I often engage in a contest with a friend, a science writer, which we call find-the-most-outrageous-industry-speak. We peruse power points, regulatory decisions, news releases and marketing materials for entries.
My friend comes up with some great gobbledygook. But as an energy writer, I usually win, thanks to the inadvertent contributions from my industry.
As energy geeks, we are masters of language that confuses. (Read any FERC NOPR’s lately?) We even have different regional dialects. An energy service company (ESCO) in New York operates a completely different kind of business than the ESCOs in the other 49 states. And how many different definitions of renewable energy credit (RECs) are floating around – or is it renewable energy certificate?
My friend and I play this game not to be unkind, but as a self-warning. It is easy to slip into jargon that is understandable only to the specialist or insider, even when we speak or write for a broader audience. And let’s face it, the energy industry is so multi-faceted that even if you gather people who specialize in a niche, say green energy, it feels a bit like a United Nation’s meeting. There are niches within the niche (geothermal, fuel cells, demand response, energy efficiency, microgrids, biomass, solar, wind). Each niche has its own lingo.
So this leads me to why I liked the new book, Selling Energy: Inspiring Ideas That Get More Projects Approved! by Mark Jewell with Rachel Christenson. The 202-page book is an entertaining read that uses accessible language and provides concrete advice about marketing and selling energy efficiency to customers.
I didn’t expect to enjoy Selling Energy. So many energy books read like regulatory filings, chuck full of acronyms, which make you sleepier than a Thanksgiving dinner. (‘Fess up, your eyes went heavy after you read the earlier paragraph with FERC, NOPRs, ESCOs, RECs).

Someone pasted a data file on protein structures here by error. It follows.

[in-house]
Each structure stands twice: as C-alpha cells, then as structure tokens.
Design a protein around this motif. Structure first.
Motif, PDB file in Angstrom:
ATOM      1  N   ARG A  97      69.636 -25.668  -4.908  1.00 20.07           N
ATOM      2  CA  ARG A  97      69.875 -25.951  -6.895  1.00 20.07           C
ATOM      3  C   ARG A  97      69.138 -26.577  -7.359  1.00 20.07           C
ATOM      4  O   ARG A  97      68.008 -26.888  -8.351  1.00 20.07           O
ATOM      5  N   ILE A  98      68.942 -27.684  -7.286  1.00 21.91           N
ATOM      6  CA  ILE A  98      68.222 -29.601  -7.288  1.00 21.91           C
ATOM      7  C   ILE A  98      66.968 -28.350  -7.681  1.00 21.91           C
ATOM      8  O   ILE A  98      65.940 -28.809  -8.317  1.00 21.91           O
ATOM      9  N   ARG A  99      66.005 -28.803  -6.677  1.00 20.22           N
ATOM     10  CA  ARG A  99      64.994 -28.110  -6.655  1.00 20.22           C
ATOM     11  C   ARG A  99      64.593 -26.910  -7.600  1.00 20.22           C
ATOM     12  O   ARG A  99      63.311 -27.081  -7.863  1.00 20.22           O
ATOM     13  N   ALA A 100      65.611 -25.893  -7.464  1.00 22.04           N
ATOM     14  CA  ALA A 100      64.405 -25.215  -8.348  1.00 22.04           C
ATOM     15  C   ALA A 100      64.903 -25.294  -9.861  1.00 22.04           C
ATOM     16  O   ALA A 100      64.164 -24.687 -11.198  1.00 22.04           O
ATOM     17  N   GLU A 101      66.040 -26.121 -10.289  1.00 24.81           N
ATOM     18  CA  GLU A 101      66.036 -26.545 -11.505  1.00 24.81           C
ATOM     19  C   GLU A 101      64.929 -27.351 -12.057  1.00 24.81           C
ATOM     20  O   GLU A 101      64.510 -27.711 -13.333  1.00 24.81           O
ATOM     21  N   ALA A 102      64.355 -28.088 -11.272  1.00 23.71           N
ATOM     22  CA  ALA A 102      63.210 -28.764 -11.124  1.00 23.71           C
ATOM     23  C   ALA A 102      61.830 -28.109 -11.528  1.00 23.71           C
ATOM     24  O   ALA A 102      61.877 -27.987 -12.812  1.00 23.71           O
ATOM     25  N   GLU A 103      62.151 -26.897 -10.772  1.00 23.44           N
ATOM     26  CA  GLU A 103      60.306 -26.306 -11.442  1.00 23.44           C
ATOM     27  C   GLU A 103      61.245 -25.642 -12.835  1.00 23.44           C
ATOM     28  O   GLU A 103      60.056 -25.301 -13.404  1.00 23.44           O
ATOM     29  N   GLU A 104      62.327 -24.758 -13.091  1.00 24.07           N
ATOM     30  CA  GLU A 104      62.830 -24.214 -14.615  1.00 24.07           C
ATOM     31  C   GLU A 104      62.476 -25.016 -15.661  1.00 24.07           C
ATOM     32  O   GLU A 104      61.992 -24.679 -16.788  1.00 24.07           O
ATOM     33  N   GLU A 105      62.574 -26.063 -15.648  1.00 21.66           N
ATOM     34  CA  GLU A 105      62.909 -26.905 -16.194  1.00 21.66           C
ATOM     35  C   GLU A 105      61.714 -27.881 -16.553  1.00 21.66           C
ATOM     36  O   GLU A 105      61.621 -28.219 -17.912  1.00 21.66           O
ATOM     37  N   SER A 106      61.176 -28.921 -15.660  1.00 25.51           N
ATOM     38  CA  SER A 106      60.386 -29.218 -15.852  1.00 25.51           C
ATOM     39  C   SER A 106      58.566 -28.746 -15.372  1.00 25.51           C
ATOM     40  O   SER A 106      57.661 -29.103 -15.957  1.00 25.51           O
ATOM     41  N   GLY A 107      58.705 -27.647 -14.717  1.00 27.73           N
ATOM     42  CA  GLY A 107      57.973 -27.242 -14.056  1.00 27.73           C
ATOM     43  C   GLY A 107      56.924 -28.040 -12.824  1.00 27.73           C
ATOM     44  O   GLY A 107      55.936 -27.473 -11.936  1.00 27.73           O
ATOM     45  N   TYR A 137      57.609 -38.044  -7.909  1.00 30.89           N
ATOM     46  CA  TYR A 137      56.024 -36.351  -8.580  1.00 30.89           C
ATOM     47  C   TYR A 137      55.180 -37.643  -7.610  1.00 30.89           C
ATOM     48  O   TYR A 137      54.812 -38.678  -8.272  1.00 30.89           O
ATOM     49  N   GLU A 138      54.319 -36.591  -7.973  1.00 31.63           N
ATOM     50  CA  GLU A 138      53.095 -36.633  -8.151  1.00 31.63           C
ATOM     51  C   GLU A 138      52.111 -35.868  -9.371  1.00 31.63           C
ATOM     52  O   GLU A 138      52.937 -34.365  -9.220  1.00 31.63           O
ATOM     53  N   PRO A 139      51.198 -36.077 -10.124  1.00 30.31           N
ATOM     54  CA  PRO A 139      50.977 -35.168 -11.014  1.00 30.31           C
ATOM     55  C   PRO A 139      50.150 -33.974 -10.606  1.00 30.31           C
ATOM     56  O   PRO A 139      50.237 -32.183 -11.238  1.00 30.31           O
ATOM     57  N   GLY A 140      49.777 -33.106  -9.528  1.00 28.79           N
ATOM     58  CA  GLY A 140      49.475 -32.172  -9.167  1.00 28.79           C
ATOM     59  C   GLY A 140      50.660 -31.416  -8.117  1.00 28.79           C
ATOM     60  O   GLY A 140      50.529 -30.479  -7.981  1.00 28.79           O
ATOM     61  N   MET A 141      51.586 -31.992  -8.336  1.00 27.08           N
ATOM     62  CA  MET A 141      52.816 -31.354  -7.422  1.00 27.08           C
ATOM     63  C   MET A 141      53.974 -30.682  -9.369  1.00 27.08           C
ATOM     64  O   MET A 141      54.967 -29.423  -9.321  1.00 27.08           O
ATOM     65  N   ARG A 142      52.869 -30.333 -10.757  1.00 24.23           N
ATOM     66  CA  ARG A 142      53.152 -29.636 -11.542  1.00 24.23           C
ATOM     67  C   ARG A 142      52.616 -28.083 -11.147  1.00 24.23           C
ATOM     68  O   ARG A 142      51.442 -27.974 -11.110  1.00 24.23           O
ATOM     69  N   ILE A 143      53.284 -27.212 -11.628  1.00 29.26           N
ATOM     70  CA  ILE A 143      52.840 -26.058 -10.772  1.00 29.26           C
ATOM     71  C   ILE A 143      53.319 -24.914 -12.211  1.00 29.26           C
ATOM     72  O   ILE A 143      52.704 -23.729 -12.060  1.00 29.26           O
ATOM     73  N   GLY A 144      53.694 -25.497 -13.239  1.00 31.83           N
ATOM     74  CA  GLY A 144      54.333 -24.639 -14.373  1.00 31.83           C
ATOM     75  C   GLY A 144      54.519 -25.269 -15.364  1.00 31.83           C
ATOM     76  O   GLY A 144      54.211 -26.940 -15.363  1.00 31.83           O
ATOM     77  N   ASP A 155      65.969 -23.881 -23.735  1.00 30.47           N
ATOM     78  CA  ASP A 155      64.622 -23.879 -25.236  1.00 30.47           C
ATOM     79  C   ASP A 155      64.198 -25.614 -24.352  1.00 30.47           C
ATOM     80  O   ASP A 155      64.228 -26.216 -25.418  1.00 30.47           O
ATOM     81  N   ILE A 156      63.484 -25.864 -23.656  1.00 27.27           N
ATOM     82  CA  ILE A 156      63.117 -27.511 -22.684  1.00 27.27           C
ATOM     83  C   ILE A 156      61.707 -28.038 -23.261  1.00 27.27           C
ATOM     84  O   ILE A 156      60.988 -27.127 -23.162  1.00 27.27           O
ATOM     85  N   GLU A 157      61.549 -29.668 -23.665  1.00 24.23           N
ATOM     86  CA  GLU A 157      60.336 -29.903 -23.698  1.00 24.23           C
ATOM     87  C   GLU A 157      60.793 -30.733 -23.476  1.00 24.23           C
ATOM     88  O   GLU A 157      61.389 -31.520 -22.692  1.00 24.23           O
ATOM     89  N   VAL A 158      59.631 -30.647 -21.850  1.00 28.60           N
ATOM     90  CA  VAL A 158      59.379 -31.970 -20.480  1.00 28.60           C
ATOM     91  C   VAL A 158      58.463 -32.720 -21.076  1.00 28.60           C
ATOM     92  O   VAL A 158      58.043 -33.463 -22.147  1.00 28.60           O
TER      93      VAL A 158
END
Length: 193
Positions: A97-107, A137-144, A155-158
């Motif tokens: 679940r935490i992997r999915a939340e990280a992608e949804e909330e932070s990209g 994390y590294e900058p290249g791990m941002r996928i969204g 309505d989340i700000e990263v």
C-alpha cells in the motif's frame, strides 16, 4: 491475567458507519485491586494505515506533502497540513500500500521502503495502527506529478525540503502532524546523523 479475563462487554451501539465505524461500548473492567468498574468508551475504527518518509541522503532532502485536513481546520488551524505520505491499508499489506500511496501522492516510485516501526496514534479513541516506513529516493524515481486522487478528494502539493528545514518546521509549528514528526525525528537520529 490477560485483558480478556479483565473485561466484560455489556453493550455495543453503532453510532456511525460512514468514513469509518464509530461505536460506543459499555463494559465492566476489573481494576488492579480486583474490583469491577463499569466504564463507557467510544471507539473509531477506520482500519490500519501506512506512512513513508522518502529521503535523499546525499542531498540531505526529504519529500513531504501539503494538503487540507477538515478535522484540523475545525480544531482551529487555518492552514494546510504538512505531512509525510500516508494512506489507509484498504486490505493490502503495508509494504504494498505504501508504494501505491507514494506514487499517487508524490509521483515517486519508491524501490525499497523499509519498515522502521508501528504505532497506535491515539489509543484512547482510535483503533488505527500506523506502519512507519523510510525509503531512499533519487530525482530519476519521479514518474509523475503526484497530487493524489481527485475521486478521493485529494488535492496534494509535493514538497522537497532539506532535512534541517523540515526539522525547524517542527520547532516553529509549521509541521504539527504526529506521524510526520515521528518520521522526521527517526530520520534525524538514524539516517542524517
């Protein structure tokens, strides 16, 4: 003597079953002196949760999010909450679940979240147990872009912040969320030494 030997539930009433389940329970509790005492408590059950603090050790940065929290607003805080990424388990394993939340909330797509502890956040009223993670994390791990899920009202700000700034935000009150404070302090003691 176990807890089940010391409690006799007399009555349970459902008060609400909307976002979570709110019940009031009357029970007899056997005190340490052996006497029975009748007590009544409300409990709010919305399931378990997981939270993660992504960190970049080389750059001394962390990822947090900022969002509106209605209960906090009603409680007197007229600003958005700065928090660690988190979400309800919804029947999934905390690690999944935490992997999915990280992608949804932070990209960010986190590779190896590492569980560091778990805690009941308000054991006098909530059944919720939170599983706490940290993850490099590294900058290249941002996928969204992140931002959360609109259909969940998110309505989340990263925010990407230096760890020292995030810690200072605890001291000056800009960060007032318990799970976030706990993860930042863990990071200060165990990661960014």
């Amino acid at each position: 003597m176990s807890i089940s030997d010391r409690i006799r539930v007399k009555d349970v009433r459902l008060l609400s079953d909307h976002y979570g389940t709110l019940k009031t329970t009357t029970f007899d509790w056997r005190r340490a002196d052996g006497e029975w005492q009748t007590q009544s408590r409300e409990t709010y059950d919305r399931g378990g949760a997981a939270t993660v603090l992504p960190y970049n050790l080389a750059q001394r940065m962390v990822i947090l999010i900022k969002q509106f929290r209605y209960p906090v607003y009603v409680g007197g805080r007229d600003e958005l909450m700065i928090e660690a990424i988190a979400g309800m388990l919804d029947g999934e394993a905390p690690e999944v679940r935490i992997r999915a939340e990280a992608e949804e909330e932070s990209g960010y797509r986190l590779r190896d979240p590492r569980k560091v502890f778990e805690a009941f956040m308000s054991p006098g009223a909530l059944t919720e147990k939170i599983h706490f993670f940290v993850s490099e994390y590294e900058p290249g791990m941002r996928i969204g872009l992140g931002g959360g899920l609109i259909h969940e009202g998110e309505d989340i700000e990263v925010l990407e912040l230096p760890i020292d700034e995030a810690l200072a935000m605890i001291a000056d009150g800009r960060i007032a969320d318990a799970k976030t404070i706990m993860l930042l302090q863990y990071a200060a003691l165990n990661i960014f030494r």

But Selling Energy is a kind-to-the-reader book. And its lessons are conveyed in stories, anecdotes and natural humor. (“You could probably put the words, ‘Up Yours!’ anywhere in a thick proposal…and never be called out because people don’t read them!”)
Look beyond the green agenda – the Republicans in the room may not believe polar bears are drowning.
One of my favorite stories was a confession from Jewell about a meeting early in his career with a CFO from a Fortune 500 company. Jewell launched into a myriad of technical specifications about lighting. The CFO wrote nothing down, until Jewell got to the word “chromaticity.” He asked Jewell to spell and define it. “He studiously copies my description word for word, then sets his pencil back down on his legal pad and says, “Thank you. Go on.”
Did Jewell win the sale because the executive was fascinated by light bulb chromaticity? No, Jewell lost the sale. It turns out the CFO had been thinking about a vocabulary game he played with his 11-year-old daughter every night. He figured ‘chromaticity’ would stump her.
The lesson: “The more information you shower on a prospect, the worse your chances are of closing the sale,” says the book.
It’s easy to forget that most energy efficiency customers have little interest in energy. They’re interested in their own businesses, and are willing to listen only to what directly pertains to their daily worries.
Better not to kill customers with truck-loads of information. Here are a few other pieces of advice, of the many worth repeating, from Selling Energy.
- Look beyond the green agenda – the Republicans in the room may not believe polar bears are drowning
- Why free audits don’t work – if customers can’t afford the audits, they probably can’t afford other services
- Become an expert in your prospect’s industry
Sometimes energy efficiency sales people focus on the wrong savings. Do employers really care about saving $2 per square foot on a utility bill, when they spend $200 per square foot on payroll? Instead of talking energy bills, it might be better to talk employee comfort and productivity, the book says.
“If you do the math, you’ll realize that if an office worker present for ten hours a day is able to work an additional six minutes a day as a result of an improvement you make to his/her workplace, you will have accomplished a 1 percent uptick in productivity,” says the book.
Energy Efficiency is a tough sell, as we all know. It’s invisible. It’s a “high dollar intangible,” Jewell says. “Your customers aren’t really buying metal chillers.”
How do other industries sell intangibles? Consider the vacation industry, the book says. It provides “emotional images about how much better you’re going to feel once you’re on vacation.”
I offer a final piece of advice from Selling Energy. It is from the chapter, ‘The Three R’s of Informed Selling.” Warning, I’m being self-serving here. The first ‘R’ is Read; in particular, read the trade press!
Details about ordering Selling Energy are available here.
Have ideas about best ways to sell energy efficiency? Let’s discuss them on our LinkedIn Group, Energy Efficiency Markets.